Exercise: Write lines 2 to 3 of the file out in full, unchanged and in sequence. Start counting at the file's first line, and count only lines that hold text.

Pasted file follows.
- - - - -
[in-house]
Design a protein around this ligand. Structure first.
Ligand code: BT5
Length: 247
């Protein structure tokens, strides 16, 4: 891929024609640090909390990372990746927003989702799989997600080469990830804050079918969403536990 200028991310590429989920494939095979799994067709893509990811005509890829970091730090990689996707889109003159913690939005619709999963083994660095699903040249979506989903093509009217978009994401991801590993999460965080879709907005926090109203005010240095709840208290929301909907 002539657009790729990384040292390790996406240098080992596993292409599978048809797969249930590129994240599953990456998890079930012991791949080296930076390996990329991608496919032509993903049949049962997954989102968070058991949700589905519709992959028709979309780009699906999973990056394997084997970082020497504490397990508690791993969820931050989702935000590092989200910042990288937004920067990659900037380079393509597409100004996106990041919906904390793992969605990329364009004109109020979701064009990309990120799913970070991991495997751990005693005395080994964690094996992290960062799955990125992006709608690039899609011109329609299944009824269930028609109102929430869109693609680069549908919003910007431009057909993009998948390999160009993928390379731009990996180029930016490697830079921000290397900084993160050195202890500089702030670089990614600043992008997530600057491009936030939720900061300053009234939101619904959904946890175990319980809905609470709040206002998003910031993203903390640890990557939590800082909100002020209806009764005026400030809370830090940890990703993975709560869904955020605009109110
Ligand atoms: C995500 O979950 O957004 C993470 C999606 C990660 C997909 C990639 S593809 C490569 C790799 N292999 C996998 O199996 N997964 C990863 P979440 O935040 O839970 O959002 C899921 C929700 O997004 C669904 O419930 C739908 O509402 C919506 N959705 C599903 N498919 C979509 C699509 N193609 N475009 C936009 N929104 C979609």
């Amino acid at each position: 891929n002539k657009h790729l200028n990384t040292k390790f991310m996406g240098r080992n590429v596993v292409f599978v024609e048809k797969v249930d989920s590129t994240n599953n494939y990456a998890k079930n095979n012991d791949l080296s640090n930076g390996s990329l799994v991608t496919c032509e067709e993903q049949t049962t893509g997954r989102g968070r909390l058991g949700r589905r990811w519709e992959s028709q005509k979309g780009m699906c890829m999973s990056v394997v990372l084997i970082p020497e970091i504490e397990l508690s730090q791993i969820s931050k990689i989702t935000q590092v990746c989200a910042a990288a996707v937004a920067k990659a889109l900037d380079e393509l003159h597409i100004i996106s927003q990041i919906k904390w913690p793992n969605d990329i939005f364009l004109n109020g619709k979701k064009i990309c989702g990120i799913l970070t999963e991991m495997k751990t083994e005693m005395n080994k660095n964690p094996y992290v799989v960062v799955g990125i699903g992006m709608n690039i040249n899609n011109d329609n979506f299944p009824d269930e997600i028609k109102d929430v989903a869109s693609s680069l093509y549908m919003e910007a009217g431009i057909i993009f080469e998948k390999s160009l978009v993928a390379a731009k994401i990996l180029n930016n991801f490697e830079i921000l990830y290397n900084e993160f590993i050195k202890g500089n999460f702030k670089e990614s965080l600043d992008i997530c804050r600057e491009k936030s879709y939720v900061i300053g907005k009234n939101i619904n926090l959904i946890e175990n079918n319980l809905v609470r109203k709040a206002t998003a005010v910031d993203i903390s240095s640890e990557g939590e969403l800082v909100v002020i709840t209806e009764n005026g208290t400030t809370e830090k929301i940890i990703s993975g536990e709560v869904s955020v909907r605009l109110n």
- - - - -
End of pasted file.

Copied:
Design a protein around this ligand. Structure first.
Ligand code: BT5